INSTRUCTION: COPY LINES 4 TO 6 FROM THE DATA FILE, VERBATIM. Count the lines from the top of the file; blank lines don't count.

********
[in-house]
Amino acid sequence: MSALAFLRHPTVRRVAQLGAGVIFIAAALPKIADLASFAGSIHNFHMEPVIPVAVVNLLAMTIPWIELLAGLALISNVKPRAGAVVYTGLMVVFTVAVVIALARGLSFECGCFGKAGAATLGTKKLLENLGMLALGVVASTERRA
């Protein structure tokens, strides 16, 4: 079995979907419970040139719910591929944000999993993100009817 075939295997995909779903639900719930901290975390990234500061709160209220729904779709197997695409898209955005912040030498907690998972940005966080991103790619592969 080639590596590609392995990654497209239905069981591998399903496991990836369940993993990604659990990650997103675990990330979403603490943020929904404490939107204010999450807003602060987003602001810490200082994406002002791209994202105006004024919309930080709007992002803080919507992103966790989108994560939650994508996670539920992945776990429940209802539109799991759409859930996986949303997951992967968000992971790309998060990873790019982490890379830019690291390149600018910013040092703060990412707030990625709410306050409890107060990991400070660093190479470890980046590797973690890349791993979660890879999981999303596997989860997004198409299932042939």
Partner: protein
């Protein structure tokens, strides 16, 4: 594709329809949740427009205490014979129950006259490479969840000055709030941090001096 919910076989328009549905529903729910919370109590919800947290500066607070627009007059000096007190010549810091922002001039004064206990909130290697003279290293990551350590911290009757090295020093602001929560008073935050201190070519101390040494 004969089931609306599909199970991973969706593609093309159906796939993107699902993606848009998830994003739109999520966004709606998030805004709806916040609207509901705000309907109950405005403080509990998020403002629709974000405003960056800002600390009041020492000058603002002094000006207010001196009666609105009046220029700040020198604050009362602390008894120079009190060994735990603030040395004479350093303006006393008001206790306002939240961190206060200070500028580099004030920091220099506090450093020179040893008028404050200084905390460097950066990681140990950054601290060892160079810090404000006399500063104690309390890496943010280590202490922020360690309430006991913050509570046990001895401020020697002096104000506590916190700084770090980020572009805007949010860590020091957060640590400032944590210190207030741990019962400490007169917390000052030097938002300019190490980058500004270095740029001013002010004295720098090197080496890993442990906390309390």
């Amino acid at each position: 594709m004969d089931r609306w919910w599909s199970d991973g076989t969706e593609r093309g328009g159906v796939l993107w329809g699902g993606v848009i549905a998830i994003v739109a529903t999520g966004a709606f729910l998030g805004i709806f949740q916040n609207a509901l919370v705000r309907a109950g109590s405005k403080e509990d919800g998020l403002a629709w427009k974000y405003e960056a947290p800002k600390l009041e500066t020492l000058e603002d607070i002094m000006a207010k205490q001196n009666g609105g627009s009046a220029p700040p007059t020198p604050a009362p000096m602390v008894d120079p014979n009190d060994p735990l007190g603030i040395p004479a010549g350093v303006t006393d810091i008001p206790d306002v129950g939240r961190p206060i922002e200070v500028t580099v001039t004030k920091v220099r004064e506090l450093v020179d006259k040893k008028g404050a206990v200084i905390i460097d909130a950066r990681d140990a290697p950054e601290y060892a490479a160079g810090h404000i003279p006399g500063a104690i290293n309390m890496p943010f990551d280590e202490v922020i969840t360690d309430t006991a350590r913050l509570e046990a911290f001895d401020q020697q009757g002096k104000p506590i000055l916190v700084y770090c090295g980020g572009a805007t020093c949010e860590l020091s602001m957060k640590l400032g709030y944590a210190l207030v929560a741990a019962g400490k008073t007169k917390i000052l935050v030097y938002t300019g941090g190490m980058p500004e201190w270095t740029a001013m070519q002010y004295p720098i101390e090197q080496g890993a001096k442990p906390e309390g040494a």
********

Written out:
Partner: protein
């Protein structure tokens, strides 16, 4: 594709329809949740427009205490014979129950006259490479969840000055709030941090001096 919910076989328009549905529903729910919370109590919800947290500066607070627009007059000096007190010549810091922002001039004064206990909130290697003279290293990551350590911290009757090295020093602001929560008073935050201190070519101390040494 004969089931609306599909199970991973969706593609093309159906796939993107699902993606848009998830994003739109999520966004709606998030805004709806916040609207509901705000309907109950405005403080509990998020403002629709974000405003960056800002600390009041020492000058603002002094000006207010001196009666609105009046220029700040020198604050009362602390008894120079009190060994735990603030040395004479350093303006006393008001206790306002939240961190206060200070500028580099004030920091220099506090450093020179040893008028404050200084905390460097950066990681140990950054601290060892160079810090404000006399500063104690309390890496943010280590202490922020360690309430006991913050509570046990001895401020020697002096104000506590916190700084770090980020572009805007949010860590020091957060640590400032944590210190207030741990019962400490007169917390000052030097938002300019190490980058500004270095740029001013002010004295720098090197080496890993442990906390309390």
């Amino acid at each position: 594709m004969d089931r609306w919910w599909s199970d991973g076989t969706e593609r093309g328009g159906v796939l993107w329809g699902g993606v848009i549905a998830i994003v739109a529903t999520g966004a709606f729910l998030g805004i709806f949740q916040n609207a509901l919370v705000r309907a109950g109590s405005k403080e509990d919800g998020l403002a629709w427009k974000y405003e960056a947290p800002k600390l009041e500066t020492l000058e603002d607070i002094m000006a207010k205490q001196n009666g609105g627009s009046a220029p700040p007059t020198p604050a009362p000096m602390v008894d120079p014979n009190d060994p735990l007190g603030i040395p004479a010549g350093v303006t006393d810091i008001p206790d306002v129950g939240r961190p206060i922002e200070v500028t580099v001039t004030k920091v220099r004064e506090l450093v020179d006259k040893k008028g404050a206990v200084i905390i460097d909130a950066r990681d140990a290697p950054e601290y060892a490479a160079g810090h404000i003279p006399g500063a104690i290293n309390m890496p943010f990551d280590e202490v922020i969840t360690d309430t006991a350590r913050l509570e046990a911290f001895d401020q020697q009757g002096k104000p506590i000055l916190v700084y770090c090295g980020g572009a805007t020093c949010e860590l020091s602001m957060k640590l400032g709030y944590a210190l207030v929560a741990a019962g400490k008073t007169k917390i000052l935050v030097y938002t300019g941090g190490m980058p500004e201190w270095t740029a001013m070519q002010y004295p720098i101390e090197q080496g890993a001096k442990p906390e309390g040494a």